Niamh Cusack (63) is an actress and daughter of actors Cyril Cusack and Maureen Cusack. Cyril was the subject of a TG4 documentary on Christmas Day. Born in Dublin, she grew up in Dalkey. She lives in London with her husband Irish actor Finbar Lynch. Their son, Calam (28 years old) is also an actor.
I am accident prone. I don’t think I’ve spent a week of my childhood anywhere without a bandage. I’m always out in the garden in my own world, making up stories.
Choose three words to describe yourself.
Warm, reflective and dispersed.
Tell us about your childhood.
My mother wanted to give us the most normal education possible. My father Cyril is not here much. He is away for work.
The best Christmas as a child?
I remember Santa coming at midnight. I knew he was coming because I could smell satsumas and hear rustling but I closed my eyes anyway.
The best Christmas as an adult?
When my son was five, he wanted a cowboy suit. At 3 a.m. on Christmas Day, he came to our room, fully dressed in Santa’s gifts – ready to enter the world.
Tell us about your life before you became an actress.
I am a classical musician and I played in the RTÉ Symphony Orchestra for a year after graduating from university.
Where does music come from?
Video of the day
My mother really wanted none of us to be actors. She thought it was a very precarious profession, and she was right. She is an actress and married to an actor, she was impressed by the change of profession. And that is a fact. You can never be sure where the next job will come from, so you have to have the guts to deal with that. Mom wants us to be electricians or plumbers. It doesn’t work. We all went into art.
Tell us about your other hobbies as a kid.
We studied tennis, ballet and music. I had great teachers in the Academy in Dublin. The flute is my first instrument and the piano is my second. I won a scholarship to the Royal Academy in London and I studied there for three years.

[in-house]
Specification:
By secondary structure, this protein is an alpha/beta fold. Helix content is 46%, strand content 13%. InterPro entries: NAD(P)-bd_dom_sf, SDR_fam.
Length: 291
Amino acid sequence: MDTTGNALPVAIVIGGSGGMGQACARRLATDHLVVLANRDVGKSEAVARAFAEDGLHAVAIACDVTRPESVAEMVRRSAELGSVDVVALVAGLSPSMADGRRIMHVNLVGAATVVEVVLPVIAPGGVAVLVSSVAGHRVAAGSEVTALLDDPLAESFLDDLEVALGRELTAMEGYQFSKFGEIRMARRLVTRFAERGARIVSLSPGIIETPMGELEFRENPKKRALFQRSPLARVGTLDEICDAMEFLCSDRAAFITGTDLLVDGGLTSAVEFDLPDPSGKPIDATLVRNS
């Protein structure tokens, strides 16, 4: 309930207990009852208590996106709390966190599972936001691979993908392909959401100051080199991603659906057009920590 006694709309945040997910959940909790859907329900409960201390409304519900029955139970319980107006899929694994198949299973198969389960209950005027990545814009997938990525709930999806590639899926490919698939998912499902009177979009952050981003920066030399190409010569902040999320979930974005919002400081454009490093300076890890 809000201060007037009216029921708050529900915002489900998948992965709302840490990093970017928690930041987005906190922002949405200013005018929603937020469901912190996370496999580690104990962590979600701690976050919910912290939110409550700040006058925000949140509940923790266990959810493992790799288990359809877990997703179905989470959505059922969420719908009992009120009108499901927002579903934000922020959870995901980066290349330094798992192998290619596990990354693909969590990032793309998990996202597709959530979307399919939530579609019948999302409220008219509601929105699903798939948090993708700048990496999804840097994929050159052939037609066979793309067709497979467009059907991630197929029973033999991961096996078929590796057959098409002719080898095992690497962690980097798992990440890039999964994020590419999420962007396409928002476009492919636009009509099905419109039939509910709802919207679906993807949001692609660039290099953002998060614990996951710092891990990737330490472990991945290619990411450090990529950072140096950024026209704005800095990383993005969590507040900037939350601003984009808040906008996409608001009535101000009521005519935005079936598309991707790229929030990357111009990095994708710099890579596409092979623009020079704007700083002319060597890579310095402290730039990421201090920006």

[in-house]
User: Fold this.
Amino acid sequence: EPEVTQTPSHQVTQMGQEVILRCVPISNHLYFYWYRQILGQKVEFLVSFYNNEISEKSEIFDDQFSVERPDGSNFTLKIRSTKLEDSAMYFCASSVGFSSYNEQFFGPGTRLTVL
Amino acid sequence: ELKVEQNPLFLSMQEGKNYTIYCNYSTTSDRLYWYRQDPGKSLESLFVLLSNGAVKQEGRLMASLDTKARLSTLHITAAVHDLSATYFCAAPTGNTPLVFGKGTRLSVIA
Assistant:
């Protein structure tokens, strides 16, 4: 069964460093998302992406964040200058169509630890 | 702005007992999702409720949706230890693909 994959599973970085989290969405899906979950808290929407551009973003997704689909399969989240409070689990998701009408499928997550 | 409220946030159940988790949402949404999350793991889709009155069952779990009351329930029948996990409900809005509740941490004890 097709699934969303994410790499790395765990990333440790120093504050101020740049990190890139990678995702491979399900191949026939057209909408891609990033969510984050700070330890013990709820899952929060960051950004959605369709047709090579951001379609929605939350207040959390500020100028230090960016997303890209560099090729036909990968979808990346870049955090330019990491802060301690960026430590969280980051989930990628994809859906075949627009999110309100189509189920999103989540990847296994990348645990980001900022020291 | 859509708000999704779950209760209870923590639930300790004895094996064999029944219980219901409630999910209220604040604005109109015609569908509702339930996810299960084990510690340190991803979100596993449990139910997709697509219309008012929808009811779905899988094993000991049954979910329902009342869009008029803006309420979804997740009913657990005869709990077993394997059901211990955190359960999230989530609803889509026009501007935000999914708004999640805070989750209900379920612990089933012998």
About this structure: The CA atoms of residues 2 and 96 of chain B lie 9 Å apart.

Why did you end up becoming an actress?
I couldn’t get a job as a musician in London, so I tried to sign up for French classes. They were full but the acting classes weren’t, so I signed up. I know that’s what I want to do. after i did A woman is not important in 1984, I never looked back.
Tell us about your memories of watching your dad on stage.
I acted with him in Chekhov’s Three sisters. During a technical run, I stood at the back of the theater and watched his performance. That’s not him and that’s him. There are such details. I realized why my mother loved him so much. She saw him on stage one night and said, “That’s the man I’m going to marry.” Like Fluther in Plow and the starshe had to fix the lock on a door and he was actually fixing that lock.
Any acting tips from him?
He thought I was too quiet and said that no one would hear me through the first two rows. Years later, he told my husband that I could fly. I remember him visiting me after a play. He was clearly emotional.
Where did your love for the Irish language come from?
My parents were founding members of Scoil Lorcón. My father taught himself Irish. His mother is British and his father is second generation Irish. He is very proud of Irish and considers it a beautiful language.
Tell us about your father’s passion.
I remember him striding down Vico Street with his cane, and I followed. He wanted to share his passion with us – walking and swimming in White Rock. He used to pick us up after music lessons at Westland Row, then he took us around the National Gallery. He would give us tea and cake as a reward for looking at paintings by Jack B Yeats or Walter Osborne for what seemed like the billionth time.
‘Cyril Cusack: Lár an Stáitse’, December 25 on TG4 at 9:30pm
https://www.independent.ie/entertainment/niamh-cusack-my-mother-was-keen-that-none-of-us-would-become-actors-she-thought-it-was-a-very-unstable-profession-and-right-she-was-42225872.html Niamh Cusack: ‘My mom really wanted none of us to be actors. She thinks it’s a very precarious profession, and it is.’